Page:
It's 20 days until Christmas, and Carla is excited as she listens to Papi describe New York City during the holidays. Finally after dinner Papi asks Gladys to bring his suitcase. He's gotten Mami a perfume bottle and the girls small statues. Yoyo gets a statue of an old man and a whale. Sandi gets a statue of a girl jumping rope. Carla gets a statue of a girl in a nightgown staring up at the clouds. The girls are puzzled by the gifts. Then Papi and Mami explain the statues are mechanical banks. When Papi pulls a lever on Sandi's statue and the jumping girl rotates, the girls, Mami, and Gladys are all fascinated. Papi lets an enthusiastic Gladys turn the lever on the mechanical bank. After Gladys leaves the room, Mami observes Gladys's childlike excitement was as if she'd seen the real New York. Gladys particularly likes Carla's bank, thinking it resembles the Virgin Mary. As Christmas approaches, the banks become less exciting, and the girls add them to their shelves of neglected toys.

The household bustles with Christmas preparations. On Christmas Day Carla gets the gift she wanted: a baby doll. The girls get plenty of presents, and the household staff members get wallets. That night Carla is too excited to sleep. Gladys enters her room and, to Carla's surprise, offers to buy her bank for ten pesos. Gladys will even throw in her new wallet. Carla doesn't like the bank anymore, but she's torn about the right thing to do. Mami told her never to give away a gift she's received. And Gladys should keep the money. Still, giving away the bank seems like a generous act. Carla tells Gladys she can have the bank for free. Gladys is surprised and Carla urges her not to tell.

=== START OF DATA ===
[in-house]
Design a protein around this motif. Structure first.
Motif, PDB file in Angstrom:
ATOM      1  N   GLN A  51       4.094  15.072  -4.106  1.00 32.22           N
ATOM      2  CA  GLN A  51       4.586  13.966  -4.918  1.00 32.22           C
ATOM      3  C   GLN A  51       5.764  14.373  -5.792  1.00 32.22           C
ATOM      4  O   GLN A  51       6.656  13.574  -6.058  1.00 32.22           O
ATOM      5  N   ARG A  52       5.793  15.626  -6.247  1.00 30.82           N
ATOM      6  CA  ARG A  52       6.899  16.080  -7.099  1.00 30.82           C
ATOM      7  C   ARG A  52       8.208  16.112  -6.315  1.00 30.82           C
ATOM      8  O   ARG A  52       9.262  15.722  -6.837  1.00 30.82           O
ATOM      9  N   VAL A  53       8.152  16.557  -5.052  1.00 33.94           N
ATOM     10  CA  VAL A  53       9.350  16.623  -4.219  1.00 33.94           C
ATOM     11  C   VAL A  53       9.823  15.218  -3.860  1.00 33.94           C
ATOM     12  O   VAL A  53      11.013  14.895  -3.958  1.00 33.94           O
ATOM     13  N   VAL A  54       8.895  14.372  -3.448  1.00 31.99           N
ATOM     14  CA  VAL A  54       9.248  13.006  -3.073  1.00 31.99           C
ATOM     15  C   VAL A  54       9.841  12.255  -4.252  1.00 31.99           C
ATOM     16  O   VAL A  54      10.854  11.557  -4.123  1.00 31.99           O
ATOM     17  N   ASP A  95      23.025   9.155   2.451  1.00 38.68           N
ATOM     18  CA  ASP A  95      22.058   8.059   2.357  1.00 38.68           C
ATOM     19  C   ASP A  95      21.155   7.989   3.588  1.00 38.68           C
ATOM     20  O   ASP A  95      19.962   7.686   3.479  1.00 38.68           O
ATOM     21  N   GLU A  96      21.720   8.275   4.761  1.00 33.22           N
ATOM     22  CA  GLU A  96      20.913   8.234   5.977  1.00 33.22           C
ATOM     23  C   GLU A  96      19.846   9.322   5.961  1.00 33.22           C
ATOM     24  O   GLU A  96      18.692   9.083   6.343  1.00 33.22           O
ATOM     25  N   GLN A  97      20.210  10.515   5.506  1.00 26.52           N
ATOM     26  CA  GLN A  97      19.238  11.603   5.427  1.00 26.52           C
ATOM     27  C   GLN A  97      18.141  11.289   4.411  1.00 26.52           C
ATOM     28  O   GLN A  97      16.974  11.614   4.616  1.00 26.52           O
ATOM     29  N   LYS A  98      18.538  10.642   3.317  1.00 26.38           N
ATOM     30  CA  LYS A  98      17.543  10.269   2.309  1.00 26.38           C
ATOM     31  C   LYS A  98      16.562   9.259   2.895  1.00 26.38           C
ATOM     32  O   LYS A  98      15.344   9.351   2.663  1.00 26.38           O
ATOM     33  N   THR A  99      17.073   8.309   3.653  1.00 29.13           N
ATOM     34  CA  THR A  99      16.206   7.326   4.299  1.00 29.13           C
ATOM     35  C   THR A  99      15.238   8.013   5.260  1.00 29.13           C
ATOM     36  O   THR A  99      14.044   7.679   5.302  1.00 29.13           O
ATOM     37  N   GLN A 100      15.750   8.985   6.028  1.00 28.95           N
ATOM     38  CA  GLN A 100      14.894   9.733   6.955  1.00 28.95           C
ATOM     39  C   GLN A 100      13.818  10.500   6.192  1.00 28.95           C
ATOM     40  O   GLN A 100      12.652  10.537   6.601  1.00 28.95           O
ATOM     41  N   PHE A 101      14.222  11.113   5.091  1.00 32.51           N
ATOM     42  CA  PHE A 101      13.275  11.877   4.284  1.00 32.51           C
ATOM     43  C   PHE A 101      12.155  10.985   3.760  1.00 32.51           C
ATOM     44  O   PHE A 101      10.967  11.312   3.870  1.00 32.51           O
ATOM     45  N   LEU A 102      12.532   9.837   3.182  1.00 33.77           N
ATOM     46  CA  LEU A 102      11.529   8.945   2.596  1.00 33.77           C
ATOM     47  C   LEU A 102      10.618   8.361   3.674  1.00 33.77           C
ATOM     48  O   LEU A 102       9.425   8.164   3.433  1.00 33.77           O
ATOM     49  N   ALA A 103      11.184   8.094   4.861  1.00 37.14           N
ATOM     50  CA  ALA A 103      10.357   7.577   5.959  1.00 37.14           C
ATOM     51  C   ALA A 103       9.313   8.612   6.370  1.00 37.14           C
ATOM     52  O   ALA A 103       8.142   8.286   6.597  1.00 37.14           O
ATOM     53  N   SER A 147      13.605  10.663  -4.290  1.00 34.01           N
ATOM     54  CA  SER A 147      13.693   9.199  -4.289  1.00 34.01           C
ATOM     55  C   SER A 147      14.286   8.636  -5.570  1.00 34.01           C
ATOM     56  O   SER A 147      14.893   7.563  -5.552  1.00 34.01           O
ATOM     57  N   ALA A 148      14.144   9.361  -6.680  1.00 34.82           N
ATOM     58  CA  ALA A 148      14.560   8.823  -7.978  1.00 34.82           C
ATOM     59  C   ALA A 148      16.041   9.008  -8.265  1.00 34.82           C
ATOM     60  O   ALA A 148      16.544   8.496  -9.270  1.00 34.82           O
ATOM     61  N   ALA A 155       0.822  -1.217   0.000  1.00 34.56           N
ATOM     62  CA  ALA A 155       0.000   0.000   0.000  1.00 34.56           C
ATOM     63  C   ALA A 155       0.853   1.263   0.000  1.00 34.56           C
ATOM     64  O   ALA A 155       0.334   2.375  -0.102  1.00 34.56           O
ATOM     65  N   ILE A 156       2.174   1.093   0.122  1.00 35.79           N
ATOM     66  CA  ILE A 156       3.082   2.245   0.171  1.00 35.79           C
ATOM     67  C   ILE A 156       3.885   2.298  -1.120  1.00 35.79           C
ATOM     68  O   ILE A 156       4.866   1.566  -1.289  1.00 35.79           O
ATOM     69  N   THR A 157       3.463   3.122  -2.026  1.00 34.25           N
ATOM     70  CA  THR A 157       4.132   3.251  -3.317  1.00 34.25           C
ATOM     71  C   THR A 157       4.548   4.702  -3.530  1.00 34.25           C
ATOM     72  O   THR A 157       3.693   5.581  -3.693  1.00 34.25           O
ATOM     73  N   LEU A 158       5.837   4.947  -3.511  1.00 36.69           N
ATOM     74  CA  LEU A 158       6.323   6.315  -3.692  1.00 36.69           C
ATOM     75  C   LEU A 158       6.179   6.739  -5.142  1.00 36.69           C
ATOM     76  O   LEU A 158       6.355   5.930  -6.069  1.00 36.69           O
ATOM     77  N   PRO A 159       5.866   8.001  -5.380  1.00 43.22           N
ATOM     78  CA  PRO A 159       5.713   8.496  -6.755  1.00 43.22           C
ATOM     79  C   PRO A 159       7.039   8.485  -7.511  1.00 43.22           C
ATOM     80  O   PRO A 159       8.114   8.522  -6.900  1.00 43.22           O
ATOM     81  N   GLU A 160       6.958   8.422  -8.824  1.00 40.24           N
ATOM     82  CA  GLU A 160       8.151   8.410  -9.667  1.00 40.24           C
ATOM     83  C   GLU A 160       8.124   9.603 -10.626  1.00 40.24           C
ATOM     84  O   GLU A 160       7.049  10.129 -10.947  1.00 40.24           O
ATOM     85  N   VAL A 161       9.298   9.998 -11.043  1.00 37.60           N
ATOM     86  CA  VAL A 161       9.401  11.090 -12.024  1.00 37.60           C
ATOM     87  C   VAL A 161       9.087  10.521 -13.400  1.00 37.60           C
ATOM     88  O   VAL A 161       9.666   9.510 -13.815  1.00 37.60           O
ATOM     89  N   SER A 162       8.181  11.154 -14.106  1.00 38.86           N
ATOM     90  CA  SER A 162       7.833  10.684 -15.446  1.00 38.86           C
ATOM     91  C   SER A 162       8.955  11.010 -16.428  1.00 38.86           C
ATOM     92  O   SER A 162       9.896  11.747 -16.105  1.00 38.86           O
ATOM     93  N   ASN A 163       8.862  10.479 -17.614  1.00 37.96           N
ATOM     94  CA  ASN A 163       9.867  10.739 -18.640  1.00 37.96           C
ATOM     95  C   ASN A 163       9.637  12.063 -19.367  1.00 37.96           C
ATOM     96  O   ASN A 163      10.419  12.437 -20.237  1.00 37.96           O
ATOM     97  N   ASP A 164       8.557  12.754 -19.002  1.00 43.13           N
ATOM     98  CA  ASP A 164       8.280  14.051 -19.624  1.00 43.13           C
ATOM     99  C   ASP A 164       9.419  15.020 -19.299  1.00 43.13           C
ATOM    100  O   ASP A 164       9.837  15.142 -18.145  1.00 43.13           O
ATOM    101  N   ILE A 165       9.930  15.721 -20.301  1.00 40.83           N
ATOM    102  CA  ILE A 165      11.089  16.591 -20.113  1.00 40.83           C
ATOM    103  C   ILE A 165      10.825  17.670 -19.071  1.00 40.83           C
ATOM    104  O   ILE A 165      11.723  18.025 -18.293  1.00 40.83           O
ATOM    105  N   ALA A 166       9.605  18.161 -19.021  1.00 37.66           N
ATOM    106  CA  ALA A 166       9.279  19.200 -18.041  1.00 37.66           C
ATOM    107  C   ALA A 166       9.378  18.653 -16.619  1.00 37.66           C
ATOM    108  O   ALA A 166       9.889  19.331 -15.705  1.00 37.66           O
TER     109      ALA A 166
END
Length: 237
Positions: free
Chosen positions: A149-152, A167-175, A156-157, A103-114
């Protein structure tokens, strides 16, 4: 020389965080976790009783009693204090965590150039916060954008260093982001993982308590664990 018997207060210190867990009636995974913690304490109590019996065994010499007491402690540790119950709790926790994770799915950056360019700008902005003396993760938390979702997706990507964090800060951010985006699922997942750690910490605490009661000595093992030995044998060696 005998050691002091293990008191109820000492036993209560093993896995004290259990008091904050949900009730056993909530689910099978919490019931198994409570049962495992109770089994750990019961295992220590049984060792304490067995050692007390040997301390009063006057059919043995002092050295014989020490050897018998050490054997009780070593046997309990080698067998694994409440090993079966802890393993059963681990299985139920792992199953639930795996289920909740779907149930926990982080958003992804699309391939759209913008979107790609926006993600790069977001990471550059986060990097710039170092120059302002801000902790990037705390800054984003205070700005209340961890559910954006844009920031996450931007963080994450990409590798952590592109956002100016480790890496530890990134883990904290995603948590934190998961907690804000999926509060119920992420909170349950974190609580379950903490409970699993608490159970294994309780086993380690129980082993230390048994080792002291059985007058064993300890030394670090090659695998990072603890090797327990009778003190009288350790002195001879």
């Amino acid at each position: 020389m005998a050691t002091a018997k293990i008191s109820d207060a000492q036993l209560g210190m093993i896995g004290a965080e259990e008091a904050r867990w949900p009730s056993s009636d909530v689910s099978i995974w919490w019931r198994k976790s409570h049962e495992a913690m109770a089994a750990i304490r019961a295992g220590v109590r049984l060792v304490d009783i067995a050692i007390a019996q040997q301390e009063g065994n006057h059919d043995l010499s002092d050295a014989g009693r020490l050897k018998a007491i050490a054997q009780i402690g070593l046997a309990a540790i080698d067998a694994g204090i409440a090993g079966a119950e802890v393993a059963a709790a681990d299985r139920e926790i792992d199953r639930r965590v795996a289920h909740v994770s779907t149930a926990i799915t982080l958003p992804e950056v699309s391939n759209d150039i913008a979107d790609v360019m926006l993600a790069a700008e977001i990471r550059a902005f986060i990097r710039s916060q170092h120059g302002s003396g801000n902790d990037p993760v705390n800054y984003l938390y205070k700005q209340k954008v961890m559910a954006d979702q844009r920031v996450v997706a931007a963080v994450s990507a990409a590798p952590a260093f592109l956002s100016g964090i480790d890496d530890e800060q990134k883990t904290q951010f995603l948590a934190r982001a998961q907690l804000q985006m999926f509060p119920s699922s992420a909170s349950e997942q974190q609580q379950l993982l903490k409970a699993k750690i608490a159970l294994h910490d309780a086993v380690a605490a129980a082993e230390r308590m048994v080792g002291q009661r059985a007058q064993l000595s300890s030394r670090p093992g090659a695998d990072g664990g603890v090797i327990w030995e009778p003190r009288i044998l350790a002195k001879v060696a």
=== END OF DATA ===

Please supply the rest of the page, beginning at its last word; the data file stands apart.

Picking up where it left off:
A few weeks after New Year's Mami notices the bank is missing. Carla and Gladys exchange a guilty look. Carla keeps quiet and helps Mami search her room. Later Mami inspects the maids' room. Then she sees Gladys running down the hall in tears. Worried, Carla finds her parents in the study. She says she gave the bank to Gladys as a present. Mami's about to scold Carla, but Papi lightly says he'll have to get the girls better presents. Then Carla sees the chauffeur, Mario, driving Gladys away. She pleads with her father not to fire Gladys. Papi starts to say the family can't trust Gladys anymore. Then he tells Carla Gladys asked to leave and will be happier elsewhere. When Carla turns the lever on the bank, it gets stuck, and the statue's arms freeze.